Treaties matter, not only to American Indians, but to everyone who lives in the United States. The United States acquired much of its land through treaties with Indian tribes. These negotiated, bilateral agreements are, therefore, fundamental to understanding how the United States was created, and how its citizens obtained the land and natural resources they enjoy today.
Treaties rest at the heart of both Native history and contemporary tribal life and identity. Approximately 368 treaties were negotiated and signed by U.S. commissioners and tribal leaders (and subsequently approved by the U.S. Senate) from 1777 to 1868. They enshrine promises our government made to Indian Nations. They recognize Indian tribes as nations – a fact that distinguishes tribal citizens from other Americans and supports contemporary Native assertions of tribal sovereignty and self-determination.
Far from being dusty documents of dubious relevance, treaties are legally binding and still in effect. Although repeatedly recognized by the courts as sources of rights for Indian people and their Native Nations, treaties also carry the weight of a troubled history of broken promises and test the strength of our nation’s commitment to honesty, good faith and the rule of law.
Treaties made by the United States with Indian Nations inscribe solemn vows that cannot lightly be broken or ignored, a verity that Supreme Court Justice Hugo Black recognized in 1960 when he declared, “Great nations, like great men, should keep their word.”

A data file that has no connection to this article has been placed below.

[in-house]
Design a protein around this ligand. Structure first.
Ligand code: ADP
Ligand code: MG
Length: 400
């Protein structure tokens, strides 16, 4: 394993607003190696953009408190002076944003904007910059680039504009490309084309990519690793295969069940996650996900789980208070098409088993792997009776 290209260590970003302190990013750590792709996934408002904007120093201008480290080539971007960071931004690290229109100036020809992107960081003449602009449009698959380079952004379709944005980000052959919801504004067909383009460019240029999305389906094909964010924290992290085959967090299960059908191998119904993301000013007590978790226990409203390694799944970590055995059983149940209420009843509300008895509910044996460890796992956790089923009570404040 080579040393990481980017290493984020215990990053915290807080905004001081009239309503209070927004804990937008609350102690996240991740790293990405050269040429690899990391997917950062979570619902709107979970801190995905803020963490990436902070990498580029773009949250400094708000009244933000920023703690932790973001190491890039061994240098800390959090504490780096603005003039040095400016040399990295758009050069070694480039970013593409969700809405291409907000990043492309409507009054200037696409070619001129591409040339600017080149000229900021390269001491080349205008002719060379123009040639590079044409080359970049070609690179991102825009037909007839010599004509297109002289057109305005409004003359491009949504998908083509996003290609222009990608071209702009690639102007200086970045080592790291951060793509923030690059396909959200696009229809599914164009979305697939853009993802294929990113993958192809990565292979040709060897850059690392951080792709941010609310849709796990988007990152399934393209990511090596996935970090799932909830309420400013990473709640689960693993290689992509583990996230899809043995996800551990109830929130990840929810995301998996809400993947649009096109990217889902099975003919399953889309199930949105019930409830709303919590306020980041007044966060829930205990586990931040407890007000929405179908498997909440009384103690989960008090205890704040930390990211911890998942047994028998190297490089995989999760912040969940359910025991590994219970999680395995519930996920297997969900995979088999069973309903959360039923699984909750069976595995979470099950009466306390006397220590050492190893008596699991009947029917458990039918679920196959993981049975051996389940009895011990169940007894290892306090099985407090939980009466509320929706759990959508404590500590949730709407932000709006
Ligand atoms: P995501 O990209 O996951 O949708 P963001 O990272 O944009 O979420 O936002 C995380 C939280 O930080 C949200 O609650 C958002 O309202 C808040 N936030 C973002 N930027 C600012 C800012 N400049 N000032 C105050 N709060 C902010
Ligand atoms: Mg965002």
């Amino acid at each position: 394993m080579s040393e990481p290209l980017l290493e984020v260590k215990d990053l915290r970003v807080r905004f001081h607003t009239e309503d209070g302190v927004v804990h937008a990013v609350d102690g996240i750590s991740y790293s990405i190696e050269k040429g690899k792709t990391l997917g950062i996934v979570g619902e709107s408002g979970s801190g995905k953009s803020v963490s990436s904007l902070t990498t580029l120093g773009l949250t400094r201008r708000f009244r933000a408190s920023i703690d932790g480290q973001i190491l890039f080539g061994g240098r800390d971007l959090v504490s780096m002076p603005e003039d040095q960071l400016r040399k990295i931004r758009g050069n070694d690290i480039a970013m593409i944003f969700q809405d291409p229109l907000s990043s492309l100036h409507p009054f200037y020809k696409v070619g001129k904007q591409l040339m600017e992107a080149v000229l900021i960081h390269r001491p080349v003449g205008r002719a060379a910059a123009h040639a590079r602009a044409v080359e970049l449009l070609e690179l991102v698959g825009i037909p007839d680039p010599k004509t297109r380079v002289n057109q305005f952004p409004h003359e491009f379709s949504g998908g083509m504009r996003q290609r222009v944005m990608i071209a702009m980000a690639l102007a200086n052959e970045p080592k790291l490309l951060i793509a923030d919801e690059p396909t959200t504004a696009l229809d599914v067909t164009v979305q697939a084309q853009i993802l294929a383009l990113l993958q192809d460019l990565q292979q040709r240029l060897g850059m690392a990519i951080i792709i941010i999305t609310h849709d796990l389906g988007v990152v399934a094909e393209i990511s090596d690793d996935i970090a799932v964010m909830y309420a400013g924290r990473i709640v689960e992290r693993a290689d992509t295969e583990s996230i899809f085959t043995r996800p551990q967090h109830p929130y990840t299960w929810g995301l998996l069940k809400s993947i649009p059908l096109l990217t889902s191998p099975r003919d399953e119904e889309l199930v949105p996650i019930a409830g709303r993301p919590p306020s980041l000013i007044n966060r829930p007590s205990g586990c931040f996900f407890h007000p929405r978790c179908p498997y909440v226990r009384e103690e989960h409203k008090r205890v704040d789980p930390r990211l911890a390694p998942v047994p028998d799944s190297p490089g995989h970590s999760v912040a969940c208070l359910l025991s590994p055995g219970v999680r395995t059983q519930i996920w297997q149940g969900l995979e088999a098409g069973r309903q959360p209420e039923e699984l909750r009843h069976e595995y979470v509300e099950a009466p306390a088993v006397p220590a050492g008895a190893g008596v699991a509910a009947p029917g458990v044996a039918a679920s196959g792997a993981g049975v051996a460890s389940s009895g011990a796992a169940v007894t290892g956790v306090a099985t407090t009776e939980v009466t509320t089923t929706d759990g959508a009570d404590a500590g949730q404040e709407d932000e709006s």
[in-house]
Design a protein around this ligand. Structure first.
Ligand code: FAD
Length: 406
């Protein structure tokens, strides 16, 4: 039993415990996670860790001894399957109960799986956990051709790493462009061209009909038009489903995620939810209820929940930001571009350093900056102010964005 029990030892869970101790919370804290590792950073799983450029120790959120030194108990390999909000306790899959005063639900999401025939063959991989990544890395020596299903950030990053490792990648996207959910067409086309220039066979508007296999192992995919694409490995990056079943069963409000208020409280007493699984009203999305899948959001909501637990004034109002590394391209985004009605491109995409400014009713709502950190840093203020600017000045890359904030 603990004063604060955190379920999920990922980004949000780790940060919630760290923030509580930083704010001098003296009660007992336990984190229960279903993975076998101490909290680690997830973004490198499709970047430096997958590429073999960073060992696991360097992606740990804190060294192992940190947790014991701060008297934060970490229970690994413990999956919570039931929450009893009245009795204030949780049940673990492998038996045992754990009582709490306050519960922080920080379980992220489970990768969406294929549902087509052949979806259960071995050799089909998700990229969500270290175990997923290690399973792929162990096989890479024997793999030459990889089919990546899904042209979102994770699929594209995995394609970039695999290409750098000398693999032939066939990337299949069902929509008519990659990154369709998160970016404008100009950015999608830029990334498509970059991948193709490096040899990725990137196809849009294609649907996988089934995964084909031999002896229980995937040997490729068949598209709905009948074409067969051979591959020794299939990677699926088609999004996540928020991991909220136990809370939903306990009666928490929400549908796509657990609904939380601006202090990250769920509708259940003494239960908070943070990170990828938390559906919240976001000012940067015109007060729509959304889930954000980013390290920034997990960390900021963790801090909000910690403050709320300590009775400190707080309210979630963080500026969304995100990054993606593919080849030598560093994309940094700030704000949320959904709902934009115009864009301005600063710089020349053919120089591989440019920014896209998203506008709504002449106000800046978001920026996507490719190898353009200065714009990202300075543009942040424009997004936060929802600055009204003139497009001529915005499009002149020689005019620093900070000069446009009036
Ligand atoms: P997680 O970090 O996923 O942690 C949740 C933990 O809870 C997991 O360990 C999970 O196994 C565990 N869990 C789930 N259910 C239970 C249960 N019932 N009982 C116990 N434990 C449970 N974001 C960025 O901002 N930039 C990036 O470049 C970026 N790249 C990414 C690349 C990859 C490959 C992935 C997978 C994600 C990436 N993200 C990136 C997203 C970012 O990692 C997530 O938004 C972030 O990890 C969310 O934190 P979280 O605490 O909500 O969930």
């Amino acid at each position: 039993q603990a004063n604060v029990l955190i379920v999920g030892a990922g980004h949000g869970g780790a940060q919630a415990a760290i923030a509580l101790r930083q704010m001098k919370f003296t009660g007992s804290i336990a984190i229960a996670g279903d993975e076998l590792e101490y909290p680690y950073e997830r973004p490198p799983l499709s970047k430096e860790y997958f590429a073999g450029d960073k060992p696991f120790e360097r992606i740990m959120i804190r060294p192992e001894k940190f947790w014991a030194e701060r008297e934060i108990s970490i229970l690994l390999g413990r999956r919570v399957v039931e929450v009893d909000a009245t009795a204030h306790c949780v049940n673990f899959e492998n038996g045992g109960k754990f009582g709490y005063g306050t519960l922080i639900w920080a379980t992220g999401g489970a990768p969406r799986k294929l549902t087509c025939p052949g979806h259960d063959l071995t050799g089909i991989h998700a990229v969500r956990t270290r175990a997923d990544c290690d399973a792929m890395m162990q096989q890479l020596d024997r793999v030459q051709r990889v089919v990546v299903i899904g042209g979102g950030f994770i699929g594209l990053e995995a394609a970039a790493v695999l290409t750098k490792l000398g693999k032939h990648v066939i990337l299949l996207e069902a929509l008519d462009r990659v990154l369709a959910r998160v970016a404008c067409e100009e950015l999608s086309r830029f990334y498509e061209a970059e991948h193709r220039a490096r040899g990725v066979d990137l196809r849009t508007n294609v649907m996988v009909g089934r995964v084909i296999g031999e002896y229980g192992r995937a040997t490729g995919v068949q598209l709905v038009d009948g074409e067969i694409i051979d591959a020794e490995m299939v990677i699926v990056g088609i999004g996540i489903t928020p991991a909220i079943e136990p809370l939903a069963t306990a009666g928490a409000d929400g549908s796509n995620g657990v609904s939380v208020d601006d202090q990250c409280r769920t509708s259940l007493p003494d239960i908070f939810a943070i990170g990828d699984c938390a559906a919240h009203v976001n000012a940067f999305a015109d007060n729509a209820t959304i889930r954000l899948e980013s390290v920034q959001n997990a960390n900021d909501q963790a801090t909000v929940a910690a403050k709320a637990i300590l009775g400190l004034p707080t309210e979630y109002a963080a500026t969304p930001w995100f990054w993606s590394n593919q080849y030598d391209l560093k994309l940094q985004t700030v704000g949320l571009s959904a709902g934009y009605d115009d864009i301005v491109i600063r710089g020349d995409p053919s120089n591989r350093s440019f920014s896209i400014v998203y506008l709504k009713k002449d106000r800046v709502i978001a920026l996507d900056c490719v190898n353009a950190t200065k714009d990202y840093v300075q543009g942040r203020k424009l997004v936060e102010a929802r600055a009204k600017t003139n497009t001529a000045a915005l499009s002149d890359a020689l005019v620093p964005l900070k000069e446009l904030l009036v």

Despite the moral, legal, historical and contemporary significance of Indian treaties, most Americans know little about them. That fact unsettled the late senator Daniel K. Inouye (D. – Hawaii), the longtime chairman, vice-chairman and member of the Senate Committee on Indian Affairs, who lamented: “I would venture to guess that to the extent they have ever had occasion to think about them, most Americans think of treaties as ancient relics of the past that have long since been forgotten and which certainly have no relevance to modern society.”
Said Inouye: “Too few Americans know that the Indian nations ceded millions of acres of lands to the United States, or that…the promises and commitments made by the United States were typically made in perpetuity. History has recorded, however, that our great nation did not keep its word to the Indian nations, and our preeminent challenge today…is to assure the integrity of our treaty commitments and to bring an end to the era of broken promises.”
The National Museum of the American Indian was established by Congress to rectify our nation’s historical amnesia about the role of Native Nations in the making of modern America. Treaties are at the core of the relationship between Indian Peoples and the United States. I have heard many times, from Natives and non-Natives alike, that the Museum must tell the “real story” of the history between the U.S. and the Indian tribes. Telling that story is undoubtedly a part of our responsibility as an educational institution dedicated to increasing and diffusing knowledge about Native history and culture. As we celebrate the 25th anniversary of the founding of our Museum and the 10th anniversary of the opening of our